Authorities believe the suspect in custody for an early Saturday burglary is also the man who shot a Minneapolis police officer in the Jordan neighborhood later that morning, easing concern that the shooter might still be at large.
Detectives are questioning Andrew J. Neal, 43, in connection with the shooting of officer Jordan Davis. The officer was wounded after answering a burglary call at the apartment of Neal’s former girlfriend.
Neal was arrested Saturday on suspicion of violating probation, burglary and domestic aggravated assault, The arrest came after a tense eight-hour manhunt through the North Side. Neal is expected to be charged Tuesday.
Police have released few details about the incident, but they consider the primary suspect to be Neal, who is accused of breaking into the woman’s apartment before being chased off by her current boyfriend, said a source familiar with the case.
Police Chief Janeé Harteau announced several hours after the shooting that Davis had been “targeted” solely because he was a police officer. Harteau has not elaborated on the case since.
Police union officials have said the shooting is a reminder of the risks officers face on seemingly routine calls.
The incident represented the latest in a series of shootings nationwide targeting police, including the killings of two New York City officers who were gunned down while sitting in their police car.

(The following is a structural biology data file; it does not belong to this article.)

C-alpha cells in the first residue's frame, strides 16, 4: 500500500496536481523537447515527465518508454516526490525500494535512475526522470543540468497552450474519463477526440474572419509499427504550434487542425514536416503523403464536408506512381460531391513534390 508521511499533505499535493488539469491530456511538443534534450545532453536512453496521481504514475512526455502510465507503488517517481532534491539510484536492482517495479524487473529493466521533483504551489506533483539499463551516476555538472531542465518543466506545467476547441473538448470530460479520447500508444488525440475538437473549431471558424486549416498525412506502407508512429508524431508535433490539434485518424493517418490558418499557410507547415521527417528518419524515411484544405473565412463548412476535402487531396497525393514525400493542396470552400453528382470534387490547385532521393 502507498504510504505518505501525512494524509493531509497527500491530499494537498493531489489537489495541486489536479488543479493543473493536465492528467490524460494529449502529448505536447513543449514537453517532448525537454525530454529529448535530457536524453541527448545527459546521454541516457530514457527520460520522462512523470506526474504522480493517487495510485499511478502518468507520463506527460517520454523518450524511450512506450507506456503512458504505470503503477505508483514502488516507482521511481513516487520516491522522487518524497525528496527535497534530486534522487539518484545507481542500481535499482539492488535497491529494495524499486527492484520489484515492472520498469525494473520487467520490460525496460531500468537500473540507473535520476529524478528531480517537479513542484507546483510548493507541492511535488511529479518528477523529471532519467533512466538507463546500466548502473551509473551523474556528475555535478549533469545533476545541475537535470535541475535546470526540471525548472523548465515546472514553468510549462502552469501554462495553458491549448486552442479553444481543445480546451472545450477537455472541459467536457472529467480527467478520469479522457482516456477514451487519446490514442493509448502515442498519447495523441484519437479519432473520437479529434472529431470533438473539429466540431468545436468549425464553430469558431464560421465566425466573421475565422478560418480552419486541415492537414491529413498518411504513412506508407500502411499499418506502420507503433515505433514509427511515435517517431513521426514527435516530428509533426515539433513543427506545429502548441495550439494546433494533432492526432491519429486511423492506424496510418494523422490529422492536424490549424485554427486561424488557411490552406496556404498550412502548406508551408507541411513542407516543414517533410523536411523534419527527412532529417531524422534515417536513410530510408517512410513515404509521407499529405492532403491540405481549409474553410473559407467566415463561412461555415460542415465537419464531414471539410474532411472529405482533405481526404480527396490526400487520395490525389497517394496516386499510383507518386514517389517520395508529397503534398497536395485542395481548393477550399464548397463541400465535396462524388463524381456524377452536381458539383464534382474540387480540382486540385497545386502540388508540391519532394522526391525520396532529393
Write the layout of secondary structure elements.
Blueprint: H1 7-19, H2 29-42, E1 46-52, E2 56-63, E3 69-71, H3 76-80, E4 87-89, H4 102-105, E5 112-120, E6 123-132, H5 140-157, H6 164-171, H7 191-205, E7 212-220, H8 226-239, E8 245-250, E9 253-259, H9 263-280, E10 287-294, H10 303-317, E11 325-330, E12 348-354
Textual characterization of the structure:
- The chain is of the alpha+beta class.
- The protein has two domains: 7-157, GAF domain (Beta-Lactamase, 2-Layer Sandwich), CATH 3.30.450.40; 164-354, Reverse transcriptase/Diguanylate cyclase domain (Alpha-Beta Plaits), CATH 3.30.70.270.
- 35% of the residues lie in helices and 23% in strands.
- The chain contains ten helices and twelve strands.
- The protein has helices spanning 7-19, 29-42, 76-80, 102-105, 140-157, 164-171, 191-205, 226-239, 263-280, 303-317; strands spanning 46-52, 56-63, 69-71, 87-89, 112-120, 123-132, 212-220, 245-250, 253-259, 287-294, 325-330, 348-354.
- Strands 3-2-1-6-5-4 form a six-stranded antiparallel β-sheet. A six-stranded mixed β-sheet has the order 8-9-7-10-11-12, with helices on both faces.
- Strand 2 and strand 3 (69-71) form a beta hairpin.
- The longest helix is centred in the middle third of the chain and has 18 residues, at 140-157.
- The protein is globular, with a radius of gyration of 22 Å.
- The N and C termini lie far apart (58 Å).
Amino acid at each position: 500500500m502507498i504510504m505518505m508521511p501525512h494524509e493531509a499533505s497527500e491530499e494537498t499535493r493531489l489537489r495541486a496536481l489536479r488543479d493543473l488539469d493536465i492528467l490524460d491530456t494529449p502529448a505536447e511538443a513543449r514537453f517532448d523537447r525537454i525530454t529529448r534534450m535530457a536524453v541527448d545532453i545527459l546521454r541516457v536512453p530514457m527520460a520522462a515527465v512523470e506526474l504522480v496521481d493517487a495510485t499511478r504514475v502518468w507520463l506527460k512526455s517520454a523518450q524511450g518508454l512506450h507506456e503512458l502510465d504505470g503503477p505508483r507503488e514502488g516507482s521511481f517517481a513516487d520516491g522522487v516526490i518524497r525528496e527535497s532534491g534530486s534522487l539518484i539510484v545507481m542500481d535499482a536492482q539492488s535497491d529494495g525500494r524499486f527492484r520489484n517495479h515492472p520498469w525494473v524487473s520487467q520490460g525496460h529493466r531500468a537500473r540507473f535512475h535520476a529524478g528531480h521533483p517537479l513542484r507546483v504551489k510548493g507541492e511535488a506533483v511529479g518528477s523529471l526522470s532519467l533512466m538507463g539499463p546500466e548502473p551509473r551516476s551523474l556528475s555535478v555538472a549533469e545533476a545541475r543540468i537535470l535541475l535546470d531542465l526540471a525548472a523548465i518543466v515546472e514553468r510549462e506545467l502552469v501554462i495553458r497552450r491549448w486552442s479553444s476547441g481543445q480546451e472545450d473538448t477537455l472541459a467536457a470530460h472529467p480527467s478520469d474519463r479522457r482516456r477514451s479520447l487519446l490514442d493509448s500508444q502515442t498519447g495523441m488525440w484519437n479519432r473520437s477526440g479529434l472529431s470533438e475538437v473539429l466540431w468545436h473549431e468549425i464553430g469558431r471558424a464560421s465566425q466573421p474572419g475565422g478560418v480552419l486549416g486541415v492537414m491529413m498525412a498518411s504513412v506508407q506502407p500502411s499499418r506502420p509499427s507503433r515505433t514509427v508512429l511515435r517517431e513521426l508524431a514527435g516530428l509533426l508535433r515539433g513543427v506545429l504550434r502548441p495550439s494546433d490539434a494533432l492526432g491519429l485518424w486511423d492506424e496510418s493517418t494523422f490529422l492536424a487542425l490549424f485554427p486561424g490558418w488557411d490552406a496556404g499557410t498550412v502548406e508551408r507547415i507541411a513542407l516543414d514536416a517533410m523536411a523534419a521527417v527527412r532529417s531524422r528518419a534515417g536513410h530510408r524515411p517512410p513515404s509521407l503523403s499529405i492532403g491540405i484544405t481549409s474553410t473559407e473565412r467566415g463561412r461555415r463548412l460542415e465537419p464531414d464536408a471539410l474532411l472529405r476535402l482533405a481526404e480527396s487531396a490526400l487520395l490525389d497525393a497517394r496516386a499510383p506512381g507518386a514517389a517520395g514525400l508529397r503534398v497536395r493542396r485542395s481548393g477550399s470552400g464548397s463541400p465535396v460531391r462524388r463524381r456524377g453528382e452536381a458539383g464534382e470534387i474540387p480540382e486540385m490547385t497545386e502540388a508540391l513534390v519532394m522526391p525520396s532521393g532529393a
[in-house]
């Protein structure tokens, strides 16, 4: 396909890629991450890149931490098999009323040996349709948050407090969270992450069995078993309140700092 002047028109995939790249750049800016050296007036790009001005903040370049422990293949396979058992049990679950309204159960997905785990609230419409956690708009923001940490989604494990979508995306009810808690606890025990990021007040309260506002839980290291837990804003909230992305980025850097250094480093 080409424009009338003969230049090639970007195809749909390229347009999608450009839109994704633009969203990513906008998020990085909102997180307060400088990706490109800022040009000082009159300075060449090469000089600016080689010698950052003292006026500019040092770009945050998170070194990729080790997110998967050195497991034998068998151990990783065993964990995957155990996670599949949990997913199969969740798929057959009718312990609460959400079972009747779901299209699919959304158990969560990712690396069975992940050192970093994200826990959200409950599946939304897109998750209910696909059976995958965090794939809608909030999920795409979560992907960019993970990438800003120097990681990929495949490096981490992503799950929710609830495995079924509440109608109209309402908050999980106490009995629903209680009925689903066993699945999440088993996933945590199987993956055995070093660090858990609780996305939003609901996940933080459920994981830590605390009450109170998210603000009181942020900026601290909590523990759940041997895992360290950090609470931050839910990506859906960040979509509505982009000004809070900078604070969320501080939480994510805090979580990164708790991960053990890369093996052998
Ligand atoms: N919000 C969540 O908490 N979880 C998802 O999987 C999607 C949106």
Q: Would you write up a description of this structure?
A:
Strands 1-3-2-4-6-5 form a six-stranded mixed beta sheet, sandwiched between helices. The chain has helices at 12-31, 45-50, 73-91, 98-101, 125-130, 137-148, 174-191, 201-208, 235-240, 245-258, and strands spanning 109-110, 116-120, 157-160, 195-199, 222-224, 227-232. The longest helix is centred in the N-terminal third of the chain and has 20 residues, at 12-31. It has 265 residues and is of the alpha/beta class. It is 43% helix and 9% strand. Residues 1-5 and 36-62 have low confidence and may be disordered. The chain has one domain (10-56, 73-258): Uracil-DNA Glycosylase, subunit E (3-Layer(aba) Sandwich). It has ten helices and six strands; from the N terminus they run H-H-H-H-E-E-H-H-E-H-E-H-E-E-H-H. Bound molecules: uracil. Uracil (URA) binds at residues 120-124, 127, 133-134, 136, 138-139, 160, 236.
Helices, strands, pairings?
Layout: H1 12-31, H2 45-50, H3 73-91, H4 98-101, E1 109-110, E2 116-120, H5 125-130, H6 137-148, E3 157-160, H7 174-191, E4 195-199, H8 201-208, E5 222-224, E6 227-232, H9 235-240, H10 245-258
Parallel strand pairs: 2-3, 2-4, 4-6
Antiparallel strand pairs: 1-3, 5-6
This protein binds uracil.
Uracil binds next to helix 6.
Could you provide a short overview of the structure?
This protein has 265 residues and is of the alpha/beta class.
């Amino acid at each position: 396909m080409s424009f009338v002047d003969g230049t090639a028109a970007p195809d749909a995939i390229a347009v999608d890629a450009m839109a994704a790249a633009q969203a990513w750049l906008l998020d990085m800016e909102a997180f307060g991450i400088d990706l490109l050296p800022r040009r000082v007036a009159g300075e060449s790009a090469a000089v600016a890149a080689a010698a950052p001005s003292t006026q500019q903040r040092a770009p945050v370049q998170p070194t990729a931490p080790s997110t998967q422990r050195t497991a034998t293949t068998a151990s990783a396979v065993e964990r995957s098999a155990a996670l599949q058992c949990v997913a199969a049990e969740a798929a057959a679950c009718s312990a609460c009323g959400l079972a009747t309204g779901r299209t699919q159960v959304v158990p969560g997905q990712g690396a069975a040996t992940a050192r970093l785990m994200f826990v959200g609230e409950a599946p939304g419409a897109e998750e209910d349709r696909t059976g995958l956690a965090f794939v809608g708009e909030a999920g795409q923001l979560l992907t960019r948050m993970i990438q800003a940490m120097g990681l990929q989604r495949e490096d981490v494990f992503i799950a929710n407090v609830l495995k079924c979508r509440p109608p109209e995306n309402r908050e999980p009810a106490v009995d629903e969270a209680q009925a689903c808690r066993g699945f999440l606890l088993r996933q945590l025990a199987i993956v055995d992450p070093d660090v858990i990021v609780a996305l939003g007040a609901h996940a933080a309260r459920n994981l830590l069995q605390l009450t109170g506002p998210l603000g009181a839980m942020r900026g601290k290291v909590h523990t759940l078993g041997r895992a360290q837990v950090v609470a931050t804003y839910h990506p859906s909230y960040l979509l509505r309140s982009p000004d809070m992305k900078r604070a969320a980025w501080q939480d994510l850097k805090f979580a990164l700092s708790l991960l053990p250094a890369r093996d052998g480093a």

The alleged victim of the burglary told investigators and later recounted in a television news story that Neal had broken into her apartment. She hasn’t returned to her apartment, apparently fearing reprisal. A nearby church took up a collection to put her up in a motel temporarily.
“Incidents like these are times where the community and the Police Department get closer and connect more,” Deputy Police Chief Matt Clark said.
Neal was arrested about 1:30 p.m. Saturday at a home in the 1100 block of Logan Avenue N. after police were tipped to his whereabouts. Clark said Neal was arrested without incident.
“This was tragic, but really turned out well for the officer and the community, really brought us closer,” Fourth Precinct inspector Mike Friestleben said at a news conference at the North Side station.
Davis, who was released from the hospital over the weekend, is recovering from his injuries, Friestleben said. “He’s an officer we want on the street every night.”
Davis, his arm in a sling, appeared in a short video released Monday by his department. In it, Davis praised colleagues who “stepped up to the plate and got me to the emergency room.”